The morning started with a climb over Bear Mountain, and we accidentally found ourselves on the Palisades Parkway. We turned around and quickly exited once we realized our mistake. We dragged our bikes across the median, backtracked, and then got off using the exit ramp. We were not quick enough, however, as a New York Department of Transportation (DOT) man caught us and using his megaphone, despite the fact that we were now 2 feet in front of him, warned us that we are not allowed on the parkway. Rather than phrasing his rambling in a clear way, he kept on insisting that "You can't be on the parkway." This was pretty confusing and unclear to us because we were getting off of the Palisades Parkway to get onto the Bear Mountain Parkway. Now, it was clear to us that we shouldn't have been on the busy Palisades Parkway. However, the Bear Mountain Parkway is a back road with no cars at all and was definitely a road we could cycle on. After pulling up to DOT man's vehicle, Alex tried to decipher what the man meant. Did he mean we can't be on any parkway, did he mean we can't be on Bear Mountain Parkway, or is he trying to tell us not to be on the Palisades Parkway (this we already knew, hence, the reason we turned our bikes around and immediately got off at the next available exit). His answer to every question posed was, "you can't be on the parkway." Finally, we decided to just pretend like he had been extremely helpful and proceeded on the Bear Mountain Parkway (which we ARE allowed to be on). Let's just say this delightful man didn't help with the impression we got of NY state. Dan and Alex have since also installed a megaphone on their bikes in anticipation of further DOT disputes should we ever cross into NY again.

After some more beautiful riding - not on any more New York parkways - with plentiful shade, we arrived at the Connecticut border. Wow, were we excited - we did it! We were back to our home state, the place where things had all began. It was unbelievable.

Sarah and Jen led us expertly through the Connecticut roads to our lunch destination, Georgetown, CT - we stopped at a great jazz-themed pizzeria. Dan was happy to order pizza made with whole wheat crust. After another hour or so of riding, we had arrived at the Long Island Sound at the Westport beach - the coast! We were joined by Sarah's mother, Jen's mother, and Jen's aunt and uncle, who celebrated with us on the beach. We took tons of pictures, dipped our front tires in the water, and then, the boys took a plunge in the water to make sure it was real. It was indeed.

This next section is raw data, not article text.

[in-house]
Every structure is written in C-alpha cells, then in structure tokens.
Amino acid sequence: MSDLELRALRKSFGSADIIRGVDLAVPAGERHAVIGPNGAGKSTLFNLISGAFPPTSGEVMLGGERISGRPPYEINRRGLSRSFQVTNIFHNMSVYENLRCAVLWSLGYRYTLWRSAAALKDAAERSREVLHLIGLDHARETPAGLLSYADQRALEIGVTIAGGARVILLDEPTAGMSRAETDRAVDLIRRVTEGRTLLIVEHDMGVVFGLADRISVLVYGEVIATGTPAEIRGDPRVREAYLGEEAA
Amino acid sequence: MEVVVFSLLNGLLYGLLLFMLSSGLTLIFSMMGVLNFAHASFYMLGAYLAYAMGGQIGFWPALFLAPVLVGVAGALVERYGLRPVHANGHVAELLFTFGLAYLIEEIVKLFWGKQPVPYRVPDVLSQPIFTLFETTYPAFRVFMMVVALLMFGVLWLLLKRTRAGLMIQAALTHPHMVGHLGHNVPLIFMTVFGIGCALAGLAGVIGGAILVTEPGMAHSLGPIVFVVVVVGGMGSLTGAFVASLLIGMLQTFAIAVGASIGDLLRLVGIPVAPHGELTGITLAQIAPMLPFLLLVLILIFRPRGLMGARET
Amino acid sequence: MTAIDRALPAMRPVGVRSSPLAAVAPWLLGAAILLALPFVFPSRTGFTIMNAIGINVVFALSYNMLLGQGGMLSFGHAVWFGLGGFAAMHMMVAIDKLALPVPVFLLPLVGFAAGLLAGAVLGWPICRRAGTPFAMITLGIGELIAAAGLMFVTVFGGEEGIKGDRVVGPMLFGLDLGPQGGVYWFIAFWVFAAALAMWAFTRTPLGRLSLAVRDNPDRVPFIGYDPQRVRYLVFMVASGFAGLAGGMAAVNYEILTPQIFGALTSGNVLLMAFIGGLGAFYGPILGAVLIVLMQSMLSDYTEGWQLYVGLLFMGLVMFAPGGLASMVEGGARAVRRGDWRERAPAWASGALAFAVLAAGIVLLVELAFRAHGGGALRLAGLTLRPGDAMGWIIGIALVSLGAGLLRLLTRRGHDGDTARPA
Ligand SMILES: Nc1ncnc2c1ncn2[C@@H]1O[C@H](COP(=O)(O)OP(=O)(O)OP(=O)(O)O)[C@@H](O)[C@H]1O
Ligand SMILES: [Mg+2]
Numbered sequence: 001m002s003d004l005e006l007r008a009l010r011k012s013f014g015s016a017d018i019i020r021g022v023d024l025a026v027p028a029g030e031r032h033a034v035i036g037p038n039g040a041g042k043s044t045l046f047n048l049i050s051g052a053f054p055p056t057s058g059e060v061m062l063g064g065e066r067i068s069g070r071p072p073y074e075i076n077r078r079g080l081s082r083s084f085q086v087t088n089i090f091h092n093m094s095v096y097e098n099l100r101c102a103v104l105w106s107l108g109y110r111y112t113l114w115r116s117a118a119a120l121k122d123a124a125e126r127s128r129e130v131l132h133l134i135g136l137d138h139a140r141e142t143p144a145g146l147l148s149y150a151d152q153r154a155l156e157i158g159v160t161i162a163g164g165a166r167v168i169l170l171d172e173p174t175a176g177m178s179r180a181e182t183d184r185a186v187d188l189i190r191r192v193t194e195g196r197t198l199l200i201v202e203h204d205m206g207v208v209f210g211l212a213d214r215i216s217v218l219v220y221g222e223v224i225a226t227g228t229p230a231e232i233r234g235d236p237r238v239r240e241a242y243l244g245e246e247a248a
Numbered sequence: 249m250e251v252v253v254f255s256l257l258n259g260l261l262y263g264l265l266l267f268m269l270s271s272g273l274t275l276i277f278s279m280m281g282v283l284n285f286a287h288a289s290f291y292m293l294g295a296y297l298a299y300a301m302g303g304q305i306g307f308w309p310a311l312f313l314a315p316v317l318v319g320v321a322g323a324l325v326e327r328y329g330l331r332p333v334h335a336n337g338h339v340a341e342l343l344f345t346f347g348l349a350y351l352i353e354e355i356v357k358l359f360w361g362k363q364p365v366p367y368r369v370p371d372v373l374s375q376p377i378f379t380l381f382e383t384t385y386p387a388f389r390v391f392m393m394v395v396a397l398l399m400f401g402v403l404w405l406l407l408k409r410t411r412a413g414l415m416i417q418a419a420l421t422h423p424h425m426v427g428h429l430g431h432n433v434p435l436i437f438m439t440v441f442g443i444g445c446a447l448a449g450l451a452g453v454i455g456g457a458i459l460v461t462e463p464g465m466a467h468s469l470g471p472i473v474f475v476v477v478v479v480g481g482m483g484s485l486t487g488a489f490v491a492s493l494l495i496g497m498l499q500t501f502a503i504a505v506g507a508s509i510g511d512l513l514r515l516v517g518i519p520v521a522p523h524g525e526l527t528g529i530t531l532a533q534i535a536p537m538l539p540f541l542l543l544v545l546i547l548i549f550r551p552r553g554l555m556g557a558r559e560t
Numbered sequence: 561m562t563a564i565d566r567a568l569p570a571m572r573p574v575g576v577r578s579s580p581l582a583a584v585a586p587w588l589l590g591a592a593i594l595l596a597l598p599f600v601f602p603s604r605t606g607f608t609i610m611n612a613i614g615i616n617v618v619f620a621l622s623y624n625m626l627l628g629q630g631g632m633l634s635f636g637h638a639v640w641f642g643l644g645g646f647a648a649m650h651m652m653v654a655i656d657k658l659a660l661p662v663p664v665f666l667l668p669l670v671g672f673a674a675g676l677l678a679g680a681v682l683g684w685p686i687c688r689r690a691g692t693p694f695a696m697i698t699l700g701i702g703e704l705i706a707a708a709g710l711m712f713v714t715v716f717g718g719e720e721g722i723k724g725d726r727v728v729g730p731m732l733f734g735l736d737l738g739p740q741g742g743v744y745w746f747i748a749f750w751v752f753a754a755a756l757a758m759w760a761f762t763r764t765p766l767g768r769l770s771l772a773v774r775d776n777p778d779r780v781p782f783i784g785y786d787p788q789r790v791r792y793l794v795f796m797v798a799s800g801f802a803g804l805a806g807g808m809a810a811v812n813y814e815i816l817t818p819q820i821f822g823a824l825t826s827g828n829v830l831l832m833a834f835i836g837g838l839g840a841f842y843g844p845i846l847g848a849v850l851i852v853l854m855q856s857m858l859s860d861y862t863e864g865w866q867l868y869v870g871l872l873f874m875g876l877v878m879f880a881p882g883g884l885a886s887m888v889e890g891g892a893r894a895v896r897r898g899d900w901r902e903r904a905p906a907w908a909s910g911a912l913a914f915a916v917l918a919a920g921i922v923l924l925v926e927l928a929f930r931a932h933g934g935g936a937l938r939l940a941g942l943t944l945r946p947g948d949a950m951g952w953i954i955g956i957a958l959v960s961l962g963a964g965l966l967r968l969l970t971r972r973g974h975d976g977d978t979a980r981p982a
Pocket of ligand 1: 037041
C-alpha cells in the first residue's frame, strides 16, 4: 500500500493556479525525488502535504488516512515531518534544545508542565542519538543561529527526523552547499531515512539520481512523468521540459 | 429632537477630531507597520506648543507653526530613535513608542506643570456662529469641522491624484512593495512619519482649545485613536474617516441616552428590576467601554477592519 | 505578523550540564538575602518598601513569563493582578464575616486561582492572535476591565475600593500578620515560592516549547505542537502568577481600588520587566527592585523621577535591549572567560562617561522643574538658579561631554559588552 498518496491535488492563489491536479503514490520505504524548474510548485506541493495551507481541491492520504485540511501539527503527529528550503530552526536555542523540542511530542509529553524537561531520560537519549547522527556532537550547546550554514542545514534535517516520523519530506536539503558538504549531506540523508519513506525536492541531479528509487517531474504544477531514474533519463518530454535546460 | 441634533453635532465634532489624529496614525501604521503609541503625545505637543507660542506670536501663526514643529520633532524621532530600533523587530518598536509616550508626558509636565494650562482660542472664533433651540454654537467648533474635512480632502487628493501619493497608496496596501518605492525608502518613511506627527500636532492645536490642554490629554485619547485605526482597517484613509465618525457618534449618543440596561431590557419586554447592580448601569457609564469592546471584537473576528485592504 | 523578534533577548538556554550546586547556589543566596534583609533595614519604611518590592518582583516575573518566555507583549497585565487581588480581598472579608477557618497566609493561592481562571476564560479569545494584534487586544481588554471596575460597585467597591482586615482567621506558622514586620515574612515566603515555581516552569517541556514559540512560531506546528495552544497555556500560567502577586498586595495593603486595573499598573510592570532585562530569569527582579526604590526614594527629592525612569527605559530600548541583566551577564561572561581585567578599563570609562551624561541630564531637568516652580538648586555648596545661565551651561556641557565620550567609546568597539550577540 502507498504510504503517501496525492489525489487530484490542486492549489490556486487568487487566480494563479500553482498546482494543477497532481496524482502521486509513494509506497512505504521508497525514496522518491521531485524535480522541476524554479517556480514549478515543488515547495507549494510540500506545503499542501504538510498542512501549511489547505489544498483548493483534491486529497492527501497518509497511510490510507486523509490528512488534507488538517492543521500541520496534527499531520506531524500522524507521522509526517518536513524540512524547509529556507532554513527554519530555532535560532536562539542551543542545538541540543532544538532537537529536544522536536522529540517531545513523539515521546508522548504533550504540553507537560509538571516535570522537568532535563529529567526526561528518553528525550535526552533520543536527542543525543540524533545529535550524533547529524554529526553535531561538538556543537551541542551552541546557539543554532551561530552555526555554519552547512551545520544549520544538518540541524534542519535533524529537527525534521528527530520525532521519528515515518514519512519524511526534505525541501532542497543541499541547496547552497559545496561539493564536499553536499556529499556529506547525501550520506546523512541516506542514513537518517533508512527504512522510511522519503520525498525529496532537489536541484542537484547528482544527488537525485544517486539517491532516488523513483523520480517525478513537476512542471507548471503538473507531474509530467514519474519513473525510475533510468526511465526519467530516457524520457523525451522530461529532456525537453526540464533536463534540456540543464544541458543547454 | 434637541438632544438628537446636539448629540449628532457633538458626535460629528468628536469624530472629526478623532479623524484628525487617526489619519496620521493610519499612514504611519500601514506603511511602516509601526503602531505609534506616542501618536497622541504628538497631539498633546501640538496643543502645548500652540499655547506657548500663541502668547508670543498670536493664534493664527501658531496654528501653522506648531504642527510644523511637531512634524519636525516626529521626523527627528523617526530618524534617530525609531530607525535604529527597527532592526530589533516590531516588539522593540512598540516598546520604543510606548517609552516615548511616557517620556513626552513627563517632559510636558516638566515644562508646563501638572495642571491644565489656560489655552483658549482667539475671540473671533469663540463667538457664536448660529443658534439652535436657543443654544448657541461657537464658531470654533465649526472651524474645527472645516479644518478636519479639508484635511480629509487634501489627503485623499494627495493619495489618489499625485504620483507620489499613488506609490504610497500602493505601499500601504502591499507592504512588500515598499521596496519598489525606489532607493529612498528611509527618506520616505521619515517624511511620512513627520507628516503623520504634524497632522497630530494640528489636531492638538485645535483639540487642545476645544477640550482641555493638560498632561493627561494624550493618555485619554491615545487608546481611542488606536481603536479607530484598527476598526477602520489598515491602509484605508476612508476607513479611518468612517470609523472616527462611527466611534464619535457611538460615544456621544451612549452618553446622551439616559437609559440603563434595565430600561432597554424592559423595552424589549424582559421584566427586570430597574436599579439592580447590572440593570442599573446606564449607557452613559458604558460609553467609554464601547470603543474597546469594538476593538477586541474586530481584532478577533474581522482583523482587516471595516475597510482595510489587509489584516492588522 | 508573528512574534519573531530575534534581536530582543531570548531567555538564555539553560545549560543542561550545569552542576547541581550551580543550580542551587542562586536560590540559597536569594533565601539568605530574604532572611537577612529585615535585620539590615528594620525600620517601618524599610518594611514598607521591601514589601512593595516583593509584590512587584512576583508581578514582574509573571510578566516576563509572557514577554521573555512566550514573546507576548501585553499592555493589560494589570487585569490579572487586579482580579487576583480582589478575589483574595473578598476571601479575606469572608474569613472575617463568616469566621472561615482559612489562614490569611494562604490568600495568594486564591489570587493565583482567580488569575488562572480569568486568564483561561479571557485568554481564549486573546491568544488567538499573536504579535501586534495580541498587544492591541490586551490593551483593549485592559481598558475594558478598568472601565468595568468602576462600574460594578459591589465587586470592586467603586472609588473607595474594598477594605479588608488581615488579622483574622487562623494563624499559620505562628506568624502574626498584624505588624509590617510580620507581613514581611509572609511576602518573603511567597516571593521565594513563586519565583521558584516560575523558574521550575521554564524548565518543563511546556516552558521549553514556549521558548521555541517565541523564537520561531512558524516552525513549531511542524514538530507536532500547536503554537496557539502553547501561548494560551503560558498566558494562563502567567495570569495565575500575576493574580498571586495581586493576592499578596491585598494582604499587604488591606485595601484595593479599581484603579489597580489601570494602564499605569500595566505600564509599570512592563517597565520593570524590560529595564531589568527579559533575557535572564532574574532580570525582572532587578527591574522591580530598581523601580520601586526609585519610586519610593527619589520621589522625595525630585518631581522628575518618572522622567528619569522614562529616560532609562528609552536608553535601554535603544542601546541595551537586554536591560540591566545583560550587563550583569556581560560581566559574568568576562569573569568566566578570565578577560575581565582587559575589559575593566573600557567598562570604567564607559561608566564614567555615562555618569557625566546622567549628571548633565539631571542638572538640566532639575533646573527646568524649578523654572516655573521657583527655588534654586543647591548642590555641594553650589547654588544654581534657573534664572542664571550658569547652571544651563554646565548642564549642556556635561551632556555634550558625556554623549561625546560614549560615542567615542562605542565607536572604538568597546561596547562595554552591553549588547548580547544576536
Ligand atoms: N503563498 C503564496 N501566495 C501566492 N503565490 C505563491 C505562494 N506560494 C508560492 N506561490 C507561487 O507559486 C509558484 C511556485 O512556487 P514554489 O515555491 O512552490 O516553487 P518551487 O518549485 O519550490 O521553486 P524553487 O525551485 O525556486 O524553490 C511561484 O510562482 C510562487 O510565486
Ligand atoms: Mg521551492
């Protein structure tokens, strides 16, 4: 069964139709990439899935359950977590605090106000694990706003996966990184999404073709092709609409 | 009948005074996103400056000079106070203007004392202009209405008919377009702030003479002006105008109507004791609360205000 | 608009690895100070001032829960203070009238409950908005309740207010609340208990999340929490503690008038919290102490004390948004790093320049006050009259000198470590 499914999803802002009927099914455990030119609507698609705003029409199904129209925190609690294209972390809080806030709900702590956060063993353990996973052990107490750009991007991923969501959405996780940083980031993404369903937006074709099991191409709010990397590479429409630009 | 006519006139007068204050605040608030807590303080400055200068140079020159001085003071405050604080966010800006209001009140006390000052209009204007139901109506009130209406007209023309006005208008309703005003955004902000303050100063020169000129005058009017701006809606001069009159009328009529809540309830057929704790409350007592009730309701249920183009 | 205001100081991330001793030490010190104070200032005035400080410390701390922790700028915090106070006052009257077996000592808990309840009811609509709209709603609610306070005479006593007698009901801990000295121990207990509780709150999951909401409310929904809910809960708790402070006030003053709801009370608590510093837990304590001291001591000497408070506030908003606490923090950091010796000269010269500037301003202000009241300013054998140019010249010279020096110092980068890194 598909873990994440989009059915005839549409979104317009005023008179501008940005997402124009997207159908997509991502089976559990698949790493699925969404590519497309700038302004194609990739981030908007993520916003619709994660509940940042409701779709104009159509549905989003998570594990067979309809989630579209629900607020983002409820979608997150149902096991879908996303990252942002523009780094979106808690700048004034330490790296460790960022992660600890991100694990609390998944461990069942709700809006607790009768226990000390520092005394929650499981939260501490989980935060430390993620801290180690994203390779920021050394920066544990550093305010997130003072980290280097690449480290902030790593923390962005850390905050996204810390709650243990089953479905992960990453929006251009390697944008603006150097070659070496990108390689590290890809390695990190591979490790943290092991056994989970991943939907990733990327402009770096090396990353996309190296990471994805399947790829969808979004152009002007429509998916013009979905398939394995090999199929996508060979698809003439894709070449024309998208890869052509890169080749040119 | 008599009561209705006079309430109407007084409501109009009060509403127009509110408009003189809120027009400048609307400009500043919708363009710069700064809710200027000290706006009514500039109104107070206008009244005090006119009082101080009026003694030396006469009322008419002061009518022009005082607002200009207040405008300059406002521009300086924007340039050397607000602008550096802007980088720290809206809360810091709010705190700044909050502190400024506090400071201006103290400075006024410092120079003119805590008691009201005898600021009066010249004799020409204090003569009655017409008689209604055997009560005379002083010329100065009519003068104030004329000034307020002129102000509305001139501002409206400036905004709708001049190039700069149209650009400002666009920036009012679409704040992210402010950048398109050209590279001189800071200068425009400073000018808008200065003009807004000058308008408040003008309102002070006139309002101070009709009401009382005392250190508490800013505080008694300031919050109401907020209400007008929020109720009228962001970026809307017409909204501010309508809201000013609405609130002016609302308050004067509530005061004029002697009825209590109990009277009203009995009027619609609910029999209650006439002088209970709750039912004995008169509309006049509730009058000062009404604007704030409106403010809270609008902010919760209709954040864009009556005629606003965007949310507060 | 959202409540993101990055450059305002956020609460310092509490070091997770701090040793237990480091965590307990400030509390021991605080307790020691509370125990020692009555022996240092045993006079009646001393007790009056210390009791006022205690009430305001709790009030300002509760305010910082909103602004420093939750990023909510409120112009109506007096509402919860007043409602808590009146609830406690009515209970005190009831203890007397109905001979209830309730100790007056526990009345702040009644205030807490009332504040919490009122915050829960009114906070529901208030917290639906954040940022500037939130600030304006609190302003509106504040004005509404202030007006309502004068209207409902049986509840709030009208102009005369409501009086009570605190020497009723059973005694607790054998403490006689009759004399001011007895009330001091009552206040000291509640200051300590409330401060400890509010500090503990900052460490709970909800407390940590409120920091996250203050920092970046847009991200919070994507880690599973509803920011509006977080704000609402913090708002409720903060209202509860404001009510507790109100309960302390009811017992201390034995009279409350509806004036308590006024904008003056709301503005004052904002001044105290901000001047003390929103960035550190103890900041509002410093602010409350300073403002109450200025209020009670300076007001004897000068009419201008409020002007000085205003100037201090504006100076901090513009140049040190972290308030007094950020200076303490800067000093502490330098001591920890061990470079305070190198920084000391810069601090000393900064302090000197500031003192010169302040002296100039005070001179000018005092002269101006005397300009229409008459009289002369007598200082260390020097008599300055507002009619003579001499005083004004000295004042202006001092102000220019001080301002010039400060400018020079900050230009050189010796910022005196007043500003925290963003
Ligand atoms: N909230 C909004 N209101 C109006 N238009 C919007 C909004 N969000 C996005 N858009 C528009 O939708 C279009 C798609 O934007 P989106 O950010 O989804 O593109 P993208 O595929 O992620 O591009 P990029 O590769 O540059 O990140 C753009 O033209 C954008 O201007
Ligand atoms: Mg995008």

After a small celebration, and after Dan changed his front tire (he got a flat tire from wheeling his bike along the beach - that sand is brutal!) we got back on our bikes and road the 10 miles to Easton, Connecticut, home of Sarah Steenbergen. We had a wonderful party that night at the Steenbergen residence. All of the riders were joined by family and friends for an evening of food, lots of great stories, and smiles all around. Martina and Sabrina Burn (Alex's younger sisters) brought a full sized AAA map of the United States, with pins marking all of our stopping points along the U.S., marking our route across the country - it was certainly a sight to see. There was plenty of excellent food prepared by Mrs. Steenbergen - eggplant lasagna, baked ziti, salads, a chicken dish, bread - the list goes on, and Dr. Steenbergen was busy at the grill with the hot dogs, hamburgers, and a few veggie burgers for the Morris family. We also got interviewed by Laura, a reporter for the local Easton Courier weekly paper - so be sure to check out our quotes in an upcoming Courier article.